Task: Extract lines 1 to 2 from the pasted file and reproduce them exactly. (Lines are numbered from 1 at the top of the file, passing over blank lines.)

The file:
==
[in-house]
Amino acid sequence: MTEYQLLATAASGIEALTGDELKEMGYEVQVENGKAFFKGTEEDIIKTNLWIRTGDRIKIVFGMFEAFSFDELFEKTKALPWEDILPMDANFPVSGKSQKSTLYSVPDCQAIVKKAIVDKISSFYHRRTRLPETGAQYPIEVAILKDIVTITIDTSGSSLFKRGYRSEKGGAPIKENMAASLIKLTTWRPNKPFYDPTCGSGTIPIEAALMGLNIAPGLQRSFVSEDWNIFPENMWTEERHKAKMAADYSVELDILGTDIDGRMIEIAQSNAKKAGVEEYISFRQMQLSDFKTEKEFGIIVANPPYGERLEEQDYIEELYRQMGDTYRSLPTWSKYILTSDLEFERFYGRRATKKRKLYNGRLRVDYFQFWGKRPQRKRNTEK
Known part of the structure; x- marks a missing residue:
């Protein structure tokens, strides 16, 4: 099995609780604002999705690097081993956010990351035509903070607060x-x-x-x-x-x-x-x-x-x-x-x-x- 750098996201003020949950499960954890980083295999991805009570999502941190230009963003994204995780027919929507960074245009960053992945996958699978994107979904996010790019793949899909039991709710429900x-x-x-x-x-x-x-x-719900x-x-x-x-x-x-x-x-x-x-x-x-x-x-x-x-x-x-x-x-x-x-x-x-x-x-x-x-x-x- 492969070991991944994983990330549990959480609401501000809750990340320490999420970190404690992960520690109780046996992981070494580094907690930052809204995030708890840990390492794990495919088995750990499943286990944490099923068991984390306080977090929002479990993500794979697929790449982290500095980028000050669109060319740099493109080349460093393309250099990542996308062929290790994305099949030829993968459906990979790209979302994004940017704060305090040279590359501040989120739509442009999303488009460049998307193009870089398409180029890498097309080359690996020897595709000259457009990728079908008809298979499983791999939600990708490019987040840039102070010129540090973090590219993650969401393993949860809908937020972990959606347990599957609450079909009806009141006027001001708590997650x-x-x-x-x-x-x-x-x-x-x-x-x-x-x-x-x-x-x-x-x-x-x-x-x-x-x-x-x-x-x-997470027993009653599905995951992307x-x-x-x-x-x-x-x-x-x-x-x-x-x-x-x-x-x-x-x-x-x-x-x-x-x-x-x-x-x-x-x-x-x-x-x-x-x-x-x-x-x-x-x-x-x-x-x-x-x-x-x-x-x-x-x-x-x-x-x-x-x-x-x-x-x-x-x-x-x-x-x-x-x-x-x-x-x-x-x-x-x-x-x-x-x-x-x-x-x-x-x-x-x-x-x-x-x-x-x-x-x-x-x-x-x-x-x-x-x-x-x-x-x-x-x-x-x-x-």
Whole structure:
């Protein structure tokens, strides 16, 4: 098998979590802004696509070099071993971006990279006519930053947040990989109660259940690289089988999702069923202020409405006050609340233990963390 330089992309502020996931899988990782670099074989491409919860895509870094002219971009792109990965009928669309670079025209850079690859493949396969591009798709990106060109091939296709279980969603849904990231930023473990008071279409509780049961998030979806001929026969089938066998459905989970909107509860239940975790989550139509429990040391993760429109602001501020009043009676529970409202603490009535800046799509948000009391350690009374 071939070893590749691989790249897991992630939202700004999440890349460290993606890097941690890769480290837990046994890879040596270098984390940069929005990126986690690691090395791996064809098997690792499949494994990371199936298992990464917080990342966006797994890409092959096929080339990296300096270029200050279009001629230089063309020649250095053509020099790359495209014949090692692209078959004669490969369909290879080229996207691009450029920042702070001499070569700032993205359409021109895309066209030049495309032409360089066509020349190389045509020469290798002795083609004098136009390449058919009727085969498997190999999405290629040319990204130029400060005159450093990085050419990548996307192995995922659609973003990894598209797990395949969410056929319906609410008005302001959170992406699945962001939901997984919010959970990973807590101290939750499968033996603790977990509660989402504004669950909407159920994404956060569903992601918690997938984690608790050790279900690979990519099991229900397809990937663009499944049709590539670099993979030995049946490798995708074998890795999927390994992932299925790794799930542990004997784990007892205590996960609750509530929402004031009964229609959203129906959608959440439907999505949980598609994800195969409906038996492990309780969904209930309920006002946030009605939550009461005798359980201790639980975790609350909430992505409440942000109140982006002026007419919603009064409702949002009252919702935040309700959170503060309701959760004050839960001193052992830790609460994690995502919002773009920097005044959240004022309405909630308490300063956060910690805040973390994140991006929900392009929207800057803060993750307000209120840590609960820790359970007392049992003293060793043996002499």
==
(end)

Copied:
[in-house]
Amino acid sequence: MTEYQLLATAASGIEALTGDELKEMGYEVQVENGKAFFKGTEEDIIKTNLWIRTGDRIKIVFGMFEAFSFDELFEKTKALPWEDILPMDANFPVSGKSQKSTLYSVPDCQAIVKKAIVDKISSFYHRRTRLPETGAQYPIEVAILKDIVTITIDTSGSSLFKRGYRSEKGGAPIKENMAASLIKLTTWRPNKPFYDPTCGSGTIPIEAALMGLNIAPGLQRSFVSEDWNIFPENMWTEERHKAKMAADYSVELDILGTDIDGRMIEIAQSNAKKAGVEEYISFRQMQLSDFKTEKEFGIIVANPPYGERLEEQDYIEELYRQMGDTYRSLPTWSKYILTSDLEFERFYGRRATKKRKLYNGRLRVDYFQFWGKRPQRKRNTEK